**See official specs in the amendment below: Release Notes
As is the way with iPhones today, there’s usually a ‘reveal’ before the reveal. The big Hasselblad announcement that’s coming tomorrow has partially been leaked it seems primarily by a camera retailer, and the product shots and spec info is trickling in.
Beyond that, there are a few other digital footprints to be found and followed; Hasselblad seemed to have posted a page with a sample gallery and product name, and then pulled it, but we have some shots of it, and it solidifies that the name of the new camera is, in fact, called the Hasselblad X1D or X1D-50c. That it should bear the 50c nomenclature shouldn’t surprise anyone.
So what is it? A textbook would describe it as the world’s first mirrorless medium format camera. I would describe it as a Leica Beater, or perhaps the harbinger of reckoning.
Admittedly, there’s a hint of hyperbole there if you squint, but if you open your eyes you may see there’s some sense to it. We should get it out of the way here that the beating heart of this machine is the 44×33 16-bit 50MP sensor, likely the same one pulled from the H5D-50cm which was the world’s first medium format CMOS camera when released in 2014. That’s got Sony DNA through and through, and that makes you wonder what else Sony had a hand in. And this is the first time we’ve seen that sensor outside of a digital back.
If you were to look at Hassy’s chequebook and P&L statements over the years, I wager it might look like they got the kids in a divorce, but not the house – so a bit thin on cash. That makes us wonder how they were able to design and create something quite so astonishing and, well, groundbreaking. I mean, it looks like no other Hasselblad that’s ever come before it, and yet there’s something slightly familiar. It has the styling cues and colors of a Hassy, but it wouldn’t be a stretch to think Sony’s fingerprints are to be found on its skeleton and its balance sheet. And that’s a good thing. It wouldn’t even be a stretch to think that Sony has managed to bump the performance of that sensor – maybe to get something like 4fps. And who else is able to get large sensors into such slim bodies as Sony does? No one.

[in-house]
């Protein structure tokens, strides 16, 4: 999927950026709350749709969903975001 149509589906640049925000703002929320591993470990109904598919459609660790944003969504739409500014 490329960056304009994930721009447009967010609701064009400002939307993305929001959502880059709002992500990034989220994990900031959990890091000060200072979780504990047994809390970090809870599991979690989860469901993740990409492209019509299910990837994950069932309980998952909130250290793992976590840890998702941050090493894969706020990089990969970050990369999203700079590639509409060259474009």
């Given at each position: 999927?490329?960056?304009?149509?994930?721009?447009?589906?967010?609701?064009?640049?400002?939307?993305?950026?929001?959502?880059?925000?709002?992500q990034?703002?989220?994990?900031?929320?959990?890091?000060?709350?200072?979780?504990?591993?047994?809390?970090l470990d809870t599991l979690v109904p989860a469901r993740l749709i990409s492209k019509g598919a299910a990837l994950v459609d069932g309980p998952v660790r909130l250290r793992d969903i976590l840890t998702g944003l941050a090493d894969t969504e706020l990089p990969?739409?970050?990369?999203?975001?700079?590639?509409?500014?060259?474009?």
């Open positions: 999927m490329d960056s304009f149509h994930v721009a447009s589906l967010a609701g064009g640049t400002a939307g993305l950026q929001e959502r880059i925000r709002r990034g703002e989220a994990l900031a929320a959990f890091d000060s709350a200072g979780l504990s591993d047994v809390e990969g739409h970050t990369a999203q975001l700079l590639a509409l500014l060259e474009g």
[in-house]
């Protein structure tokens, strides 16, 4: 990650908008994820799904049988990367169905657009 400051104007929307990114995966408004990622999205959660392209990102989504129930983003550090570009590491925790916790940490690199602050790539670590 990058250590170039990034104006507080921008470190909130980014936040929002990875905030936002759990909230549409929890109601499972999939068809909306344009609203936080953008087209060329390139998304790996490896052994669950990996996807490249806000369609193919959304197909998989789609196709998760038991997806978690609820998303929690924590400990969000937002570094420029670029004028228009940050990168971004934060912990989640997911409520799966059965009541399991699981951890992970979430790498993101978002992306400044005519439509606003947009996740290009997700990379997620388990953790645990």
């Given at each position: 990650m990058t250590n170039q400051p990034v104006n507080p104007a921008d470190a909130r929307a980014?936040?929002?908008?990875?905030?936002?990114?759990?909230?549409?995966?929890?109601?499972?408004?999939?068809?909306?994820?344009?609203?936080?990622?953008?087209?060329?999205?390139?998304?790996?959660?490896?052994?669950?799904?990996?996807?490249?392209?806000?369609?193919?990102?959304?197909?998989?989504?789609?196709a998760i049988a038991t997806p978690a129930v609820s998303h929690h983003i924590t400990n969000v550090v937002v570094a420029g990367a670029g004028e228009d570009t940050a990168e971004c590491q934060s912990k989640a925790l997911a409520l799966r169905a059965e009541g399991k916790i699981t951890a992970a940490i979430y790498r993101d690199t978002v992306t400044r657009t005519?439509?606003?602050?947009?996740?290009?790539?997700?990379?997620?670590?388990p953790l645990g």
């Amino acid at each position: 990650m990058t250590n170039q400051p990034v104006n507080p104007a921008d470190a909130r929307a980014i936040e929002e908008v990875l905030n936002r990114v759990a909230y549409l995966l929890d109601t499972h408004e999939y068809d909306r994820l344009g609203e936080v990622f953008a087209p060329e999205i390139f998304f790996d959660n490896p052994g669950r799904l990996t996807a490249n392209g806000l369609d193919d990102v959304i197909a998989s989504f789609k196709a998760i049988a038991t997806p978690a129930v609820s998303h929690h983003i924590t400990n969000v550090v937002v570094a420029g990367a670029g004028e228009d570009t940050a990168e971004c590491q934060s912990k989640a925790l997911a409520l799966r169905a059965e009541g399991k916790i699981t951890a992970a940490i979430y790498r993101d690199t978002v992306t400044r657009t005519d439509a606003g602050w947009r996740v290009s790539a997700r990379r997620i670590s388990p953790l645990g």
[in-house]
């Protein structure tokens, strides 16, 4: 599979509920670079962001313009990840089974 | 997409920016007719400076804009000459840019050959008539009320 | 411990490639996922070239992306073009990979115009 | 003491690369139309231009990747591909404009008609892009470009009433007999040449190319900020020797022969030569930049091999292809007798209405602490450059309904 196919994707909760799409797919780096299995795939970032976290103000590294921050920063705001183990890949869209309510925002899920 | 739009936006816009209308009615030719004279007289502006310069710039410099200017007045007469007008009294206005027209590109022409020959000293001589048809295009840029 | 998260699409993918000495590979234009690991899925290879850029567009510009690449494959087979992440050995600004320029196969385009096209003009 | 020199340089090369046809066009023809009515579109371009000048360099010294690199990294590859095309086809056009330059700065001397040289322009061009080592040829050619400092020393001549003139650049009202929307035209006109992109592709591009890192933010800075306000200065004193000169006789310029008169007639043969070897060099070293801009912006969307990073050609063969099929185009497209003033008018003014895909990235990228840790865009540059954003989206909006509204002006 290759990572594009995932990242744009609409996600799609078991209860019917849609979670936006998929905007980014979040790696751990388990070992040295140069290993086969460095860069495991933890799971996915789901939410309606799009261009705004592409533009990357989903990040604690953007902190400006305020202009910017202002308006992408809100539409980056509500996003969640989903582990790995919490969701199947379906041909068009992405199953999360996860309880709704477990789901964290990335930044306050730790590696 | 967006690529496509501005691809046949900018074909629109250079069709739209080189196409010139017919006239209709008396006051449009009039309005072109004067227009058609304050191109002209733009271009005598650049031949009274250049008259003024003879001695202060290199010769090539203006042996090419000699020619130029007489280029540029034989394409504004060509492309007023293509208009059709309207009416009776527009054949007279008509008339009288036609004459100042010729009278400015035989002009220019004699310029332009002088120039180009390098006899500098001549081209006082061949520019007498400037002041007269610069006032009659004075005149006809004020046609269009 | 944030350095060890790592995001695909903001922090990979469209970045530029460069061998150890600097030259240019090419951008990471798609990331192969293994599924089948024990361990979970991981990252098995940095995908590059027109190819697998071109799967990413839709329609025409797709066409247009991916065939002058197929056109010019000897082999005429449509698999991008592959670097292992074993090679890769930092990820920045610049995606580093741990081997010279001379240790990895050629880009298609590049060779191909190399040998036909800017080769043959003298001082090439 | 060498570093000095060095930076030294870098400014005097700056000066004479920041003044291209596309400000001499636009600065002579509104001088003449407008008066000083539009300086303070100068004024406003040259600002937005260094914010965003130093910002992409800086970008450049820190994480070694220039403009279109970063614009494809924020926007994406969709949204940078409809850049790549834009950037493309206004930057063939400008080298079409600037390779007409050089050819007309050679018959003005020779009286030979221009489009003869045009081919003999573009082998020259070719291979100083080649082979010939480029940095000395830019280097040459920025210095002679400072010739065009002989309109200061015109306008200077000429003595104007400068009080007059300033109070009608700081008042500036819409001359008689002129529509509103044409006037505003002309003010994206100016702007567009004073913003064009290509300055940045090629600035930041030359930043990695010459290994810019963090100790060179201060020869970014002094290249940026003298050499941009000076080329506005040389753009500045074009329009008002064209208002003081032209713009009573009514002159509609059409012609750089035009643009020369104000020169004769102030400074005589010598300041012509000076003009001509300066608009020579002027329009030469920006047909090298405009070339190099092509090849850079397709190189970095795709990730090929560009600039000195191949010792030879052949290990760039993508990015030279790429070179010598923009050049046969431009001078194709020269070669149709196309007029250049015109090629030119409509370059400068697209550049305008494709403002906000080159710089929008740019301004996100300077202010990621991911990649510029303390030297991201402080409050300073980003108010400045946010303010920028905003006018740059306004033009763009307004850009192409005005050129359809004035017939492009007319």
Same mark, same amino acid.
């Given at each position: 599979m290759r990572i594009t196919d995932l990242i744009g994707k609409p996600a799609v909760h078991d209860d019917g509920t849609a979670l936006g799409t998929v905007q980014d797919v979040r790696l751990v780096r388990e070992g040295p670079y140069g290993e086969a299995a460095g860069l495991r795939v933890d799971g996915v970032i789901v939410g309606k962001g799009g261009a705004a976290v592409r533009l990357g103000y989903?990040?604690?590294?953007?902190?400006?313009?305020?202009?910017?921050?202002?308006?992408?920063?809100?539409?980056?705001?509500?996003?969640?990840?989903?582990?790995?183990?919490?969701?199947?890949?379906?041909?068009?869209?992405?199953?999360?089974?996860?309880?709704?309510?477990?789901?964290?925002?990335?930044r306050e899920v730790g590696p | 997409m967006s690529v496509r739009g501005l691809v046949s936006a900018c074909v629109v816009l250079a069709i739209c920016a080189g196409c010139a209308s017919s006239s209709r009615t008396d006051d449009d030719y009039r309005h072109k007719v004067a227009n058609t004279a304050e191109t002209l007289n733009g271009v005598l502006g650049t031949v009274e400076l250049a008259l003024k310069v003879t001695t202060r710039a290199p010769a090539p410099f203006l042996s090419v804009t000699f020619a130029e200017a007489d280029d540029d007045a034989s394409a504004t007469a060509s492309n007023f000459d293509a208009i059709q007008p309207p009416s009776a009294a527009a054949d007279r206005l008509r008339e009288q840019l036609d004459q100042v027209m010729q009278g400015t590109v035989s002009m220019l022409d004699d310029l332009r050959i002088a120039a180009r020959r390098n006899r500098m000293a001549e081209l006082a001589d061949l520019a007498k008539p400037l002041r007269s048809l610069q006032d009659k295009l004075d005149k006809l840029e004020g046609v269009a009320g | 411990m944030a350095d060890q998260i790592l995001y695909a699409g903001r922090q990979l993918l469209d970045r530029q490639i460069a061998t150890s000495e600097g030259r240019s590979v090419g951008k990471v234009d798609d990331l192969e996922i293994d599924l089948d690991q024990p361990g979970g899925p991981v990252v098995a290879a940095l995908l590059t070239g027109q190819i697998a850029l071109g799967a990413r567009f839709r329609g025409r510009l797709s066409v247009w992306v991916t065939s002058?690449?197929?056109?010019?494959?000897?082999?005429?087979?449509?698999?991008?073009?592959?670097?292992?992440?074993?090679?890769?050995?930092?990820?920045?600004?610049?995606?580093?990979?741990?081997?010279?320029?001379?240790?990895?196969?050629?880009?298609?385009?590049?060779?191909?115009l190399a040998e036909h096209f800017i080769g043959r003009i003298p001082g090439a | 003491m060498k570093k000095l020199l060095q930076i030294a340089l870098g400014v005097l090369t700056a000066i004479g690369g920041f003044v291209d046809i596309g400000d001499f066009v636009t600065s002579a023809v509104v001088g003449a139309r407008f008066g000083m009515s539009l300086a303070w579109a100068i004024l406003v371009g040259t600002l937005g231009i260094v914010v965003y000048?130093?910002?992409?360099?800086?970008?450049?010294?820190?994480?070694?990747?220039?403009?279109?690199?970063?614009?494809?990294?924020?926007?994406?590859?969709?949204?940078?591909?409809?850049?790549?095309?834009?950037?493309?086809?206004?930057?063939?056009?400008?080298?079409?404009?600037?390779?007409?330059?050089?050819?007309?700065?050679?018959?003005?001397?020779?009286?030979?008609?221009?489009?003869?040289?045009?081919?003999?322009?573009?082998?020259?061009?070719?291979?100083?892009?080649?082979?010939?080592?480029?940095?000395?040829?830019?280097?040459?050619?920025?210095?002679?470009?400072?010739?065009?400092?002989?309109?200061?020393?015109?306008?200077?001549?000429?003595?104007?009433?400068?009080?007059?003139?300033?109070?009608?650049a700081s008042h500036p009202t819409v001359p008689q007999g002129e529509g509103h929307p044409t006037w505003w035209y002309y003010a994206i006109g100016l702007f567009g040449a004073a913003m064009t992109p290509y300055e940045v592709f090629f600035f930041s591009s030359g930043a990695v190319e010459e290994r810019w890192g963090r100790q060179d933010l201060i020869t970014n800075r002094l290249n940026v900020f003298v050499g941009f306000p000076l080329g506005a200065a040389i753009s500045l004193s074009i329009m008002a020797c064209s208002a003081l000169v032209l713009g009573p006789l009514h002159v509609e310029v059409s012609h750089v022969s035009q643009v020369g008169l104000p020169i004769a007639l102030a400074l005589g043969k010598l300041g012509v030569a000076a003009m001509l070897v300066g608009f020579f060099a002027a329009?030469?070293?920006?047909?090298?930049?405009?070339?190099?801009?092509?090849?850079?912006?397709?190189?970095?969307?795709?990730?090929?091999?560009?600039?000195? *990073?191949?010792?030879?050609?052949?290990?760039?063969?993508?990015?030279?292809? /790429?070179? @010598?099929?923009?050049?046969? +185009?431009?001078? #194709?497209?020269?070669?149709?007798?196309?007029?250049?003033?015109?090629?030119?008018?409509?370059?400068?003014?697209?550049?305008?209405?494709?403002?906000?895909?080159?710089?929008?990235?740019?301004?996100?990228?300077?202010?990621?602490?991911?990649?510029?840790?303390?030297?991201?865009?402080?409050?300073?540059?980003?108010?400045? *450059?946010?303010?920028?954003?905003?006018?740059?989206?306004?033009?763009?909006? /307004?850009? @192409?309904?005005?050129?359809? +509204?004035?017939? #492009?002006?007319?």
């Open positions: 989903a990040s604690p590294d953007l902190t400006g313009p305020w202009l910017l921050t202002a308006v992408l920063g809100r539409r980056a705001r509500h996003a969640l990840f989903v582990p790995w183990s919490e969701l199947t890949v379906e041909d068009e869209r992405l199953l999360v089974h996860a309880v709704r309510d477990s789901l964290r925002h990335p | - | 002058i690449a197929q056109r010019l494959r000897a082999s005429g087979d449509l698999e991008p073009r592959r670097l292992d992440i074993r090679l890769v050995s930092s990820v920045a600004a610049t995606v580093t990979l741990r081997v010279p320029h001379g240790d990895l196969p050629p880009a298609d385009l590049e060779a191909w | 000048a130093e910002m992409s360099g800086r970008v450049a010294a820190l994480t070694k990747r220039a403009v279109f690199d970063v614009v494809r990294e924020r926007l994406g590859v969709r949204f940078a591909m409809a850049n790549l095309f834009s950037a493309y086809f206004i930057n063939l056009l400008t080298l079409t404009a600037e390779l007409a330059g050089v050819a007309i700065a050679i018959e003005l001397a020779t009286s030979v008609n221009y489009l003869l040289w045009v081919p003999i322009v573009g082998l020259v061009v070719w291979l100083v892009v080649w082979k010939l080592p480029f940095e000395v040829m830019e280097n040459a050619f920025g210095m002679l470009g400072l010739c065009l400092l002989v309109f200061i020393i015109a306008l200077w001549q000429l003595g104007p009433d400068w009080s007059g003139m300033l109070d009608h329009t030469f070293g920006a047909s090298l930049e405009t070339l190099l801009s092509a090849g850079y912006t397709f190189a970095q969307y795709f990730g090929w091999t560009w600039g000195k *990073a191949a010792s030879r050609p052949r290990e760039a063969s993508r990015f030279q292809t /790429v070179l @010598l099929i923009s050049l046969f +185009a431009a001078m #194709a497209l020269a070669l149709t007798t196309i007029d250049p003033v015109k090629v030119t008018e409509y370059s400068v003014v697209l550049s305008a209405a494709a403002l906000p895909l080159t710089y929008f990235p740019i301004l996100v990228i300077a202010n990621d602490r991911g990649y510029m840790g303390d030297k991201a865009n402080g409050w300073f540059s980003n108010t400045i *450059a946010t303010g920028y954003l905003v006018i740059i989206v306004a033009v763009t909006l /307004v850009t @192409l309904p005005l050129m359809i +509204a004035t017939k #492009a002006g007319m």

What we know so far is that it costs near-as-makes-no-difference $9,000, and already has two lenses that each cost around $2,500. So it’s not cheap, but considering it’s MF, it’s not exactly the standard level wallet-shrivelling experience we’ve come to expect. In fact, if you were to buy this and both lenses you’d still come out around $5,000 below the cost of the Leica SL (FX) and its two initial lenses. That’s rather incredible. You sort of imagine that any portrait shooter who’s just bought an SL is doing two things right now: feverishly defending their purchase in public to anyone within earshot, and sobbing into their pillow in private.